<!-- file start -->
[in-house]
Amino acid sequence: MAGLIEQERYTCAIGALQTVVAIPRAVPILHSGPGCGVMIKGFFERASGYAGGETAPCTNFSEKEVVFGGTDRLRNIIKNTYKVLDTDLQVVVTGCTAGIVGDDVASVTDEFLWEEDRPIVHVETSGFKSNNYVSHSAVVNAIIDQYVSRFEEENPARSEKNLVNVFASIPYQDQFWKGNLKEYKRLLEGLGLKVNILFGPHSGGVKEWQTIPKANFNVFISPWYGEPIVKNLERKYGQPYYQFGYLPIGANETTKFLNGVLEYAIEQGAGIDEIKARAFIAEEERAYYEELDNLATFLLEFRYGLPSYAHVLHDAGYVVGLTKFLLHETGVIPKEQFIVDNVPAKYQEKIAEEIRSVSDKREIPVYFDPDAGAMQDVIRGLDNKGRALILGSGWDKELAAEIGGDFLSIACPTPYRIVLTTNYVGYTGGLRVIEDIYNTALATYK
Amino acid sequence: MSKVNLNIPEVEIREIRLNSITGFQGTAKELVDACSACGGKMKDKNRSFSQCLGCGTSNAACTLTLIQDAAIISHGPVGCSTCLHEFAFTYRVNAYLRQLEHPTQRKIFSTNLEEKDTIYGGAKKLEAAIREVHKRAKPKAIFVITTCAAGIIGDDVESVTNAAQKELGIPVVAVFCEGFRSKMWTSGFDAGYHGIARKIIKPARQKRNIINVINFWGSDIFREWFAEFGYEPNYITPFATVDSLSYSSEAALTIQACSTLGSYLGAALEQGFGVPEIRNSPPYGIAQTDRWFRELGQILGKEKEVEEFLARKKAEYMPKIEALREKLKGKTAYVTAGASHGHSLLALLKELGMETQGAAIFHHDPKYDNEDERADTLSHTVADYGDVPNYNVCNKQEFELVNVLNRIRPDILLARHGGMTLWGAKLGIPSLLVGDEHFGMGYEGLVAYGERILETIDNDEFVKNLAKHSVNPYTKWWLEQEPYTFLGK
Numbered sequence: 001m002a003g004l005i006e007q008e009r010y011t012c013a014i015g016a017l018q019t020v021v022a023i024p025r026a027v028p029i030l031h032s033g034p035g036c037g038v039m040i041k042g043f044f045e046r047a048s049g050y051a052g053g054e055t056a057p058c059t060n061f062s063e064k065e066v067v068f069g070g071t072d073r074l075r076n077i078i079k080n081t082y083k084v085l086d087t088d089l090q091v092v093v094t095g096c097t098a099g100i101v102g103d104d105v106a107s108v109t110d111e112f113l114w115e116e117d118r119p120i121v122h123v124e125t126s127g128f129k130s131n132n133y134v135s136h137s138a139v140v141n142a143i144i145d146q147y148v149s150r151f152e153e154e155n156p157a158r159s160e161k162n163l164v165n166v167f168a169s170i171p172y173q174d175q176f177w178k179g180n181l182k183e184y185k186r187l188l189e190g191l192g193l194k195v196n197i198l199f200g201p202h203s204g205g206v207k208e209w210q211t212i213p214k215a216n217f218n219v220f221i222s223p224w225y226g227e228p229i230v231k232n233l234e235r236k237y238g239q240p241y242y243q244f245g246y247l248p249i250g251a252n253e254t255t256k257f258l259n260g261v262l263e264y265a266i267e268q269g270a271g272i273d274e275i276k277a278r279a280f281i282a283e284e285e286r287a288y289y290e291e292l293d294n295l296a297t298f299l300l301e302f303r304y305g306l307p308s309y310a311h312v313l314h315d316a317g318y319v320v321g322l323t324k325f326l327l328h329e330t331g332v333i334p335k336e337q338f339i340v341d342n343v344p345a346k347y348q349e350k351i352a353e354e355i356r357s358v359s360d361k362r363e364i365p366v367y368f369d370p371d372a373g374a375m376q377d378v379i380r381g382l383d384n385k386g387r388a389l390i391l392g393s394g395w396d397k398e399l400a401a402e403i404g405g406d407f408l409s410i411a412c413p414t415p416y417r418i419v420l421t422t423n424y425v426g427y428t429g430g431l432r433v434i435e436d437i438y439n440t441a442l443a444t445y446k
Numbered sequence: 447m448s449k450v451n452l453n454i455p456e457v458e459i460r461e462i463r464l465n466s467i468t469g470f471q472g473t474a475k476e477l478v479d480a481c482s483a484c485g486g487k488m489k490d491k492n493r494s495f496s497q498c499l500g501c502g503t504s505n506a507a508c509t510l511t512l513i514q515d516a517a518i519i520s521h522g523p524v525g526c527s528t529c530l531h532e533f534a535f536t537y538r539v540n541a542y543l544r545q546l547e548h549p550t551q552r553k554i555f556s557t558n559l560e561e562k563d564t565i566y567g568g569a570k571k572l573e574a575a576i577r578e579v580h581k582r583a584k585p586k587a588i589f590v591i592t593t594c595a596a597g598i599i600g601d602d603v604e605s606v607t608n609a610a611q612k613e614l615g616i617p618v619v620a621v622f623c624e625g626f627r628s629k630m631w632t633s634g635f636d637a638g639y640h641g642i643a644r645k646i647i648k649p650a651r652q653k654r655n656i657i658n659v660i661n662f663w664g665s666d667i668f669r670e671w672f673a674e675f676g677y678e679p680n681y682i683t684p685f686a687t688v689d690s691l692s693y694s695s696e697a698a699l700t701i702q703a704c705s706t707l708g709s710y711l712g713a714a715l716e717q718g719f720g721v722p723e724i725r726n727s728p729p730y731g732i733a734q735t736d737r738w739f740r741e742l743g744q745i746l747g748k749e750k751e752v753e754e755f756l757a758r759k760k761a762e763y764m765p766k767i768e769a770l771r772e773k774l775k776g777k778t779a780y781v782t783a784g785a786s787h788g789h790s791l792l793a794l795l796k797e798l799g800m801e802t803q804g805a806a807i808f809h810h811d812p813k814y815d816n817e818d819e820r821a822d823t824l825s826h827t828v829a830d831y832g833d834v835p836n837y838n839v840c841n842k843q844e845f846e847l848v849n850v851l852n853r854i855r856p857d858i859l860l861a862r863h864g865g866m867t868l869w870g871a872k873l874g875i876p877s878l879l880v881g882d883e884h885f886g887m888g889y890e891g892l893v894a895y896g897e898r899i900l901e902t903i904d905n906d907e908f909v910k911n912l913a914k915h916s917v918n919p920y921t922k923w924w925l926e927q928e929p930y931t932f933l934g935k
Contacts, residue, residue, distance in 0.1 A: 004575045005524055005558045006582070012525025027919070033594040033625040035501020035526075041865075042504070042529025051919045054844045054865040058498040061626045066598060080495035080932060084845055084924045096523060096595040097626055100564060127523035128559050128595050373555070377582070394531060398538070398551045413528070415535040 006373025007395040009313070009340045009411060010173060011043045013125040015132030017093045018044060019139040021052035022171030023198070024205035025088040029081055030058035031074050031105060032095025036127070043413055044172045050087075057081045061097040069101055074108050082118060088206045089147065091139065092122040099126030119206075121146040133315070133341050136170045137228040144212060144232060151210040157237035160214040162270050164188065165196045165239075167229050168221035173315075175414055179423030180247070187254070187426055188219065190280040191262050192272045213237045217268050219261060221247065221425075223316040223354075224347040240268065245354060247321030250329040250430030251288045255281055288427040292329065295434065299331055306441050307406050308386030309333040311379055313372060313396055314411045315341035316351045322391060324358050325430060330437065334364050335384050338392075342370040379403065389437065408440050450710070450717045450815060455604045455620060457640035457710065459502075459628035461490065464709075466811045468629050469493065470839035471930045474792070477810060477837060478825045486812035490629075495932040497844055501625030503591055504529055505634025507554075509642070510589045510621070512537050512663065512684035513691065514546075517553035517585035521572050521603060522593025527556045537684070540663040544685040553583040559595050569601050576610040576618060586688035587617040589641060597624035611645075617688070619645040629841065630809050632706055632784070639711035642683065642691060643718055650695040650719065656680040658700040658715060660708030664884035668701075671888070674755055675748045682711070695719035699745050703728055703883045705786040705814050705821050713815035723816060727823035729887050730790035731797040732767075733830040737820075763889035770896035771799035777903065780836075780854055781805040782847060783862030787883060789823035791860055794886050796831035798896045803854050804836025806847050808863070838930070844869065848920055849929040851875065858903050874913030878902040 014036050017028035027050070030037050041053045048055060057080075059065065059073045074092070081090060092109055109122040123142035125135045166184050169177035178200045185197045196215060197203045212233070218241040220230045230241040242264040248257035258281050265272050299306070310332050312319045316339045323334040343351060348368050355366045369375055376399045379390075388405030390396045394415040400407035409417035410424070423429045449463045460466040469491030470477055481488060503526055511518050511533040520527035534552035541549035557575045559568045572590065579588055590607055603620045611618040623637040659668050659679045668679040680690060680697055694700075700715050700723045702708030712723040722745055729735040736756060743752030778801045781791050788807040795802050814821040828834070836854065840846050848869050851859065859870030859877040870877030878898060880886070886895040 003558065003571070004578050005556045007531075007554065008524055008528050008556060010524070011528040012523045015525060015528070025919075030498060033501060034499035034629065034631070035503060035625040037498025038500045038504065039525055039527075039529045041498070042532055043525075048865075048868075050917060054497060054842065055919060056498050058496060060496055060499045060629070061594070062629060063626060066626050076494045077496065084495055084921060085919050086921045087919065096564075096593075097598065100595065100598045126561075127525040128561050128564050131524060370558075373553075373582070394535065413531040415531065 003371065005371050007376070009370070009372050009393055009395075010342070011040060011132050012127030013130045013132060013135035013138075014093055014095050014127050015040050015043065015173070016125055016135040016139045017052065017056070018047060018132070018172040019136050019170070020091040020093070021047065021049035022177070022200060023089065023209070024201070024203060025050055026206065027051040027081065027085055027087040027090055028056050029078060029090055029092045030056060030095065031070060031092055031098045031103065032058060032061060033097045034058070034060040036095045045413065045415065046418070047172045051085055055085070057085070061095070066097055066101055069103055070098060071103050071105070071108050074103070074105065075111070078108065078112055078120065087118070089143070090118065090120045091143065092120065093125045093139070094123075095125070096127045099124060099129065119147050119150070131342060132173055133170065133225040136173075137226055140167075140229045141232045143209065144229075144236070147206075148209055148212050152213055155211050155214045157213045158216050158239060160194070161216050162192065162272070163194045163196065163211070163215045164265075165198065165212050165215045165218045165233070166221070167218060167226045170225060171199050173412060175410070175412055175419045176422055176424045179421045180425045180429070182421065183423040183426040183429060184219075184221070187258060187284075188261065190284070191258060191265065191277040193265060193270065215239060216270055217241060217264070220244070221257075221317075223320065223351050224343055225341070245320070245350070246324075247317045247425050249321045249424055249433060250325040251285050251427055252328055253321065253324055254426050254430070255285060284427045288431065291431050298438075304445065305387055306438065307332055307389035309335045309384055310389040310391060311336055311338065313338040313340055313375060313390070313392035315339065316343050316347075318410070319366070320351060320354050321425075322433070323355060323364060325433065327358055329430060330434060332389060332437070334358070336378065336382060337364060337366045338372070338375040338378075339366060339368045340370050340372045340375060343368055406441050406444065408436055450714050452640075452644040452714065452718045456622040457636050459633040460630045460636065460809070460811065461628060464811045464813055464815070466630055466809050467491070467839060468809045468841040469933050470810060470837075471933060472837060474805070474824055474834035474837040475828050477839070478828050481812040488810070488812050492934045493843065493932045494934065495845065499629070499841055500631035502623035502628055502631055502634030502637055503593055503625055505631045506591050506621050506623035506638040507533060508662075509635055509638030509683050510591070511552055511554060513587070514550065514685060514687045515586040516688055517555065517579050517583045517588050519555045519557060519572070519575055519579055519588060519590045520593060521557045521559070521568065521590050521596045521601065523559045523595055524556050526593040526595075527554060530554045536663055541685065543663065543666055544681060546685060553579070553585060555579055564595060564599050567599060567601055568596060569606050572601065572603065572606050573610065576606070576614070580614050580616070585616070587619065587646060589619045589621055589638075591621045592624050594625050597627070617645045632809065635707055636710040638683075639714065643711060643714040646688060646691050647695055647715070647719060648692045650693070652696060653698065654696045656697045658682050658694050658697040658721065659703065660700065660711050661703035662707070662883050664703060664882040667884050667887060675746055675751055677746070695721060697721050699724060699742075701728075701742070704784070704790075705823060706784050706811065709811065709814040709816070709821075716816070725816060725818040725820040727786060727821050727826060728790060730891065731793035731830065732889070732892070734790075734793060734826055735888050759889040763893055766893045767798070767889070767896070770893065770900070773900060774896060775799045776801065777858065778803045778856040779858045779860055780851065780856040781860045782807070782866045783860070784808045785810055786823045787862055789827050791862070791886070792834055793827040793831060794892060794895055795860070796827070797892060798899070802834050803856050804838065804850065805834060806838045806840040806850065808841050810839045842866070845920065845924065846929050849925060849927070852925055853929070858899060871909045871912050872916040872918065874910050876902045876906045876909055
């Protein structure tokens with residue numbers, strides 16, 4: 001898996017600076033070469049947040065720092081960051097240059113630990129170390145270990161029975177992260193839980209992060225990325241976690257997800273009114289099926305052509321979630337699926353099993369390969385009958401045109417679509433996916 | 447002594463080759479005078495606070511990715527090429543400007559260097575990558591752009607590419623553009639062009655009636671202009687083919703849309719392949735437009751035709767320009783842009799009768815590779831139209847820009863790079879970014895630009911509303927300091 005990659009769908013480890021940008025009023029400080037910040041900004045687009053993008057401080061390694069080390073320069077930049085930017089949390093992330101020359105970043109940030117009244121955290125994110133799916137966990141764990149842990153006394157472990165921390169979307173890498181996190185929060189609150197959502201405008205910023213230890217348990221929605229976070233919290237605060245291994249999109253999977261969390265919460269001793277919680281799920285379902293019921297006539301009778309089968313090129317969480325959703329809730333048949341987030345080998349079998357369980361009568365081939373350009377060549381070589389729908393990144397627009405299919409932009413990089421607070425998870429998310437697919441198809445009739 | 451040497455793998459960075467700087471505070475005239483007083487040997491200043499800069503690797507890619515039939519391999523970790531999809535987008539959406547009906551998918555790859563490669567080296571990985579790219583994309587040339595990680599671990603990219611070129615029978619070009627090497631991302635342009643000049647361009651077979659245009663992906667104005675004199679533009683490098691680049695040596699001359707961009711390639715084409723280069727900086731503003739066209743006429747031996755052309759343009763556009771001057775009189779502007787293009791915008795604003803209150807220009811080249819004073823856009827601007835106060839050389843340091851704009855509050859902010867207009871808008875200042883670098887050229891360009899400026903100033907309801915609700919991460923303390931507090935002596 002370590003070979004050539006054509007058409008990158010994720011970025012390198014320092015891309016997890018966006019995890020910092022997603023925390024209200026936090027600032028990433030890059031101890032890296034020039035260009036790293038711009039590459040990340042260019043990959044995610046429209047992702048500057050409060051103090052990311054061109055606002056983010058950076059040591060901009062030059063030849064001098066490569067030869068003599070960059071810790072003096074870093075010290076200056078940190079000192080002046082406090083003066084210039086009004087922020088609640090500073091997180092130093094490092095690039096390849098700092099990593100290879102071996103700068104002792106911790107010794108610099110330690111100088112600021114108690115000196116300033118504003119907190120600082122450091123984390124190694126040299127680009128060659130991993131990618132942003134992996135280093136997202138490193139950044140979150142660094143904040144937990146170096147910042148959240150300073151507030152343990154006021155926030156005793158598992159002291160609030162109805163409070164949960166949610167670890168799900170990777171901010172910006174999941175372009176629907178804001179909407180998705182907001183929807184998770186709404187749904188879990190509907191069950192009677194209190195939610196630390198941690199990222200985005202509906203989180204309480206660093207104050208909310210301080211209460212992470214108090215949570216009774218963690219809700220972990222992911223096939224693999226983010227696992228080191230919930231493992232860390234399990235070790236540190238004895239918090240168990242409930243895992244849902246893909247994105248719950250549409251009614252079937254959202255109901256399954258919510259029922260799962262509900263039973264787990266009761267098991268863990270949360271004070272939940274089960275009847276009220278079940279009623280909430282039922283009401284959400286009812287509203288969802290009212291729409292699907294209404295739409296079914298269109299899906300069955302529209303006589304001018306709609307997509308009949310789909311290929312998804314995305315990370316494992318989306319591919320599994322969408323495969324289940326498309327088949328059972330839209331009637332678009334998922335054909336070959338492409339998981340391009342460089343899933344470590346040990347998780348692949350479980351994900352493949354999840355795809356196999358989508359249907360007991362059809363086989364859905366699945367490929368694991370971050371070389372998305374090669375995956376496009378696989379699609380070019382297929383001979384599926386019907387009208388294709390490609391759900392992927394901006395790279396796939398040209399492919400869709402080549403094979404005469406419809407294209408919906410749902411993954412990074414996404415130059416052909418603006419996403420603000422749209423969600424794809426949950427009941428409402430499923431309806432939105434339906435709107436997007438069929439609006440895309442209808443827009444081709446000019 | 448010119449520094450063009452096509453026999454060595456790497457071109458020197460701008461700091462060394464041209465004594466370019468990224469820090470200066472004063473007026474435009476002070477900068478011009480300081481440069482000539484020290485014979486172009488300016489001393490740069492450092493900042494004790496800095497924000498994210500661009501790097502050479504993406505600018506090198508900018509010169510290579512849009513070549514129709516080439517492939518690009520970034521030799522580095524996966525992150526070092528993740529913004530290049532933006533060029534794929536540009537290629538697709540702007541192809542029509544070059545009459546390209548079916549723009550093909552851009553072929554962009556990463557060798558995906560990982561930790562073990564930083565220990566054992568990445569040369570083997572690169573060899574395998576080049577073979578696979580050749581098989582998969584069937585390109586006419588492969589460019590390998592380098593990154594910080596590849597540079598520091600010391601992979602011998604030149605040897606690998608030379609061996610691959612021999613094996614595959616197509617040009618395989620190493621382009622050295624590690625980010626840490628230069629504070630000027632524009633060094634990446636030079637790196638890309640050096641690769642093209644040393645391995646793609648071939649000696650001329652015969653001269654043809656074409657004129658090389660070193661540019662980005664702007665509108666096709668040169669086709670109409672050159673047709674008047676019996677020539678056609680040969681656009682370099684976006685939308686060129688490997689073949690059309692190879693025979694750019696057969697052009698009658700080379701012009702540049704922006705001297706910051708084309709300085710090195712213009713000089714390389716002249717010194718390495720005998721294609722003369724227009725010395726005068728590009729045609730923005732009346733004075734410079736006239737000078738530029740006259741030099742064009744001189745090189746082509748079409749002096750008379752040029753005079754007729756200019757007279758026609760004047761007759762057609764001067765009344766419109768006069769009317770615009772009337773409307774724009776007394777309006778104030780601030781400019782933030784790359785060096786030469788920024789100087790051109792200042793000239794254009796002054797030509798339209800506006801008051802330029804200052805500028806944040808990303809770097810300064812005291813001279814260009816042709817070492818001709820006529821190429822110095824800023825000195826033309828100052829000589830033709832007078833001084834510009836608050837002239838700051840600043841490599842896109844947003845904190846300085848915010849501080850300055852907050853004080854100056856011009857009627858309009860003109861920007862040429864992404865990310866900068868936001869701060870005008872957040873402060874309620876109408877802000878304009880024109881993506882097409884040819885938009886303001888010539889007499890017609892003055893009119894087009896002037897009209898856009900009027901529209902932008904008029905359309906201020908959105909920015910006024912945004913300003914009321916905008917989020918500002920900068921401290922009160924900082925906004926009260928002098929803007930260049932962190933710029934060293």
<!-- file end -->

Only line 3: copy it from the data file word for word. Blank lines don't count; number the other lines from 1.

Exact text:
Amino acid sequence: MSKVNLNIPEVEIREIRLNSITGFQGTAKELVDACSACGGKMKDKNRSFSQCLGCGTSNAACTLTLIQDAAIISHGPVGCSTCLHEFAFTYRVNAYLRQLEHPTQRKIFSTNLEEKDTIYGGAKKLEAAIREVHKRAKPKAIFVITTCAAGIIGDDVESVTNAAQKELGIPVVAVFCEGFRSKMWTSGFDAGYHGIARKIIKPARQKRNIINVINFWGSDIFREWFAEFGYEPNYITPFATVDSLSYSSEAALTIQACSTLGSYLGAALEQGFGVPEIRNSPPYGIAQTDRWFRELGQILGKEKEVEEFLARKKAEYMPKIEALREKLKGKTAYVTAGASHGHSLLALLKELGMETQGAAIFHHDPKYDNEDERADTLSHTVADYGDVPNYNVCNKQEFELVNVLNRIRPDILLARHGGMTLWGAKLGIPSLLVGDEHFGMGYEGLVAYGERILETIDNDEFVKNLAKHSVNPYTKWWLEQEPYTFLGK